This was yet another very informative reading. The author describes 10 essential elements of effective reading comprehension. For each one, they describe what this looks like, why it is important and a featured approach. These featured approaches were very interesting to read but seemed like a reach to turn key and use in my own classroom. Most of them were on specific curriculums used, that most teachers do not have access to.
One of the most interesting approaches I read about was The Seeds of Science/ Roots of Reading. This is a program that integrates science concepts are reading. The students read about different science concepts while practicing reading strategies. Teachers found out that students had a much higher comprehension rate when they were reading about interesting and engaging topics. I found this most interesting because our school does not have a specific time in the day to teach science. When we do have the time, over 90% of students are engaged and interested in what we are learning and what they are reading. They can connect the science topics to things in the real world, recall that knowledge at a later date and apply what they know to hands on experiments. This is exactly what we want our students to do during “reading time”. If I have the opportunity, hopefully in small group time, I will try to apply this concept and find interesting science topics for students to read about and practice our reading strategies with it.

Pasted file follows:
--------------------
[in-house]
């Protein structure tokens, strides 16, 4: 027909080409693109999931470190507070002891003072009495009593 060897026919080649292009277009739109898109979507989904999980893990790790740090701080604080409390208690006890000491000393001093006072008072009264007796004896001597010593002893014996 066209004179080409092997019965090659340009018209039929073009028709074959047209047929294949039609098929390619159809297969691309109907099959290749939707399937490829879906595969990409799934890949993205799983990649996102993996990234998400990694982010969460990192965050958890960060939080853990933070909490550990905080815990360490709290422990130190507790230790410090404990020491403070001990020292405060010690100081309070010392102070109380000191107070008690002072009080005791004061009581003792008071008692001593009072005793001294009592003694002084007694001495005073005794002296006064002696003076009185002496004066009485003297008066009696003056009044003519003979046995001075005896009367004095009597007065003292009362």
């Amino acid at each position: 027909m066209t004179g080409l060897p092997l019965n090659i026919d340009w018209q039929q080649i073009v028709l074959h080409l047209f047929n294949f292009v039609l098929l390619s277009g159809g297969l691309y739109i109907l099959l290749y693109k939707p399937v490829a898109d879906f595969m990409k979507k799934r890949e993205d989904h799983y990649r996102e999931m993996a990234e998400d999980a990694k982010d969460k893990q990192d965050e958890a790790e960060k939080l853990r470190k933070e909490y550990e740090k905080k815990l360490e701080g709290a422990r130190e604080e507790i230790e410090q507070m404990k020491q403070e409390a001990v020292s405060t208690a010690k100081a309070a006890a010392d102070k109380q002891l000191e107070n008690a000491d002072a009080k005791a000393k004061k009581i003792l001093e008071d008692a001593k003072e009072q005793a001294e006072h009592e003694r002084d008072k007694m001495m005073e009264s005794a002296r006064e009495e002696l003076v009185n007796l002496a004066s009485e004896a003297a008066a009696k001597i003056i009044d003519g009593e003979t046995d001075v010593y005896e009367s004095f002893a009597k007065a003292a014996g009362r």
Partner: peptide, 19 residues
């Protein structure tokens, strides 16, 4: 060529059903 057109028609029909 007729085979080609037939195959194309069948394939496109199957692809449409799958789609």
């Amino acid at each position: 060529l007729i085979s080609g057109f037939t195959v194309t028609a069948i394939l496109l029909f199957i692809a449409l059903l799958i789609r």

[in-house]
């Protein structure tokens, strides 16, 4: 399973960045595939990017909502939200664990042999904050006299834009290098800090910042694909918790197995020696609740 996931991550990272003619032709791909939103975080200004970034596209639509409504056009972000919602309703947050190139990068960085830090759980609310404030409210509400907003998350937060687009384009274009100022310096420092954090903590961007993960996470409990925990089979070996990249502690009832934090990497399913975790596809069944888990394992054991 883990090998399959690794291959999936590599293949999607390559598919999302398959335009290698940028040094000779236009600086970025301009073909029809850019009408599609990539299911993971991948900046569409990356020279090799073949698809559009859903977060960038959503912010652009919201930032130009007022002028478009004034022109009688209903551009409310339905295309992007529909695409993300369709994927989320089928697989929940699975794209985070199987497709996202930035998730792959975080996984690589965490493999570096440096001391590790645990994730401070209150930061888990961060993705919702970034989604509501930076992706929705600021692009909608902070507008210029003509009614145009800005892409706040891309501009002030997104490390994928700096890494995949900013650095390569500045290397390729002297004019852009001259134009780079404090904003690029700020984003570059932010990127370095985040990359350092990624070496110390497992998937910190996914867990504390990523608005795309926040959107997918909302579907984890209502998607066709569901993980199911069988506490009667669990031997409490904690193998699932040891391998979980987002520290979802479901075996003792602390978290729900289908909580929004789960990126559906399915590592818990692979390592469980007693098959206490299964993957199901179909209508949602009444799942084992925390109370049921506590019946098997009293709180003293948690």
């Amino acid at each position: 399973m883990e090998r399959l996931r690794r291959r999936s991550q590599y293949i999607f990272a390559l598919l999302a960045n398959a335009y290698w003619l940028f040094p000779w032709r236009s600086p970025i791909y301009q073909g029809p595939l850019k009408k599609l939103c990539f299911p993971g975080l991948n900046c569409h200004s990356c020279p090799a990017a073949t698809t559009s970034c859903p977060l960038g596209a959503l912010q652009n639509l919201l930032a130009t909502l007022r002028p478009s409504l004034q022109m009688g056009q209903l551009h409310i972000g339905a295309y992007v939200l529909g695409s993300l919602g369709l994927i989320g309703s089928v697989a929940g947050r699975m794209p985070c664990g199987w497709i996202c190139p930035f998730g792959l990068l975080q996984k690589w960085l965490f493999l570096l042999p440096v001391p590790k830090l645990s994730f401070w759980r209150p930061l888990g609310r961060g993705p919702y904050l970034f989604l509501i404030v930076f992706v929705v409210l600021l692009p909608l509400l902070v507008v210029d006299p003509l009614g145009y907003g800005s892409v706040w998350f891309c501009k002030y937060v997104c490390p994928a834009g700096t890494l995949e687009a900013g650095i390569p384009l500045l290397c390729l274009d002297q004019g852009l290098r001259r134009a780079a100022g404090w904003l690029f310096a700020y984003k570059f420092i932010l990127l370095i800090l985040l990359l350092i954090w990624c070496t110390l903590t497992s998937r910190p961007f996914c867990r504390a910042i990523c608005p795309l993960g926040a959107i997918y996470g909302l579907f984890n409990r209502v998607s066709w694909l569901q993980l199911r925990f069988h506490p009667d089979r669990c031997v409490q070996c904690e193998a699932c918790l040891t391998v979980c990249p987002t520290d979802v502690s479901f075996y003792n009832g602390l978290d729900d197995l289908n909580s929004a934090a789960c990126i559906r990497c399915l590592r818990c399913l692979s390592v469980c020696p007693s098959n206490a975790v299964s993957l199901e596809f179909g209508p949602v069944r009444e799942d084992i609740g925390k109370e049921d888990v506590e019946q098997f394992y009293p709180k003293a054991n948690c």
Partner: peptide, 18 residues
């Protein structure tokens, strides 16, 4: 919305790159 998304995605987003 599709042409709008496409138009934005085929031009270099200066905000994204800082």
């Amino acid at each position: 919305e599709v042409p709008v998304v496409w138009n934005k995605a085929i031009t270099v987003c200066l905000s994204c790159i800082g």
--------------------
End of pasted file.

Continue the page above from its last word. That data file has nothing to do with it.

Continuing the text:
Another helpful hint I read about was learning the balance that not every strategy needs to be used at once. If students continue to practice a concept too often, for example every day for two weeks, students will lose the comprehension and purpose of reading, which is to read and comprehend. In my own classroom, I like to see that students know how to use and apply the strategies when necessary. They shouldn’t be using every strategy and every graphic organizer all the time.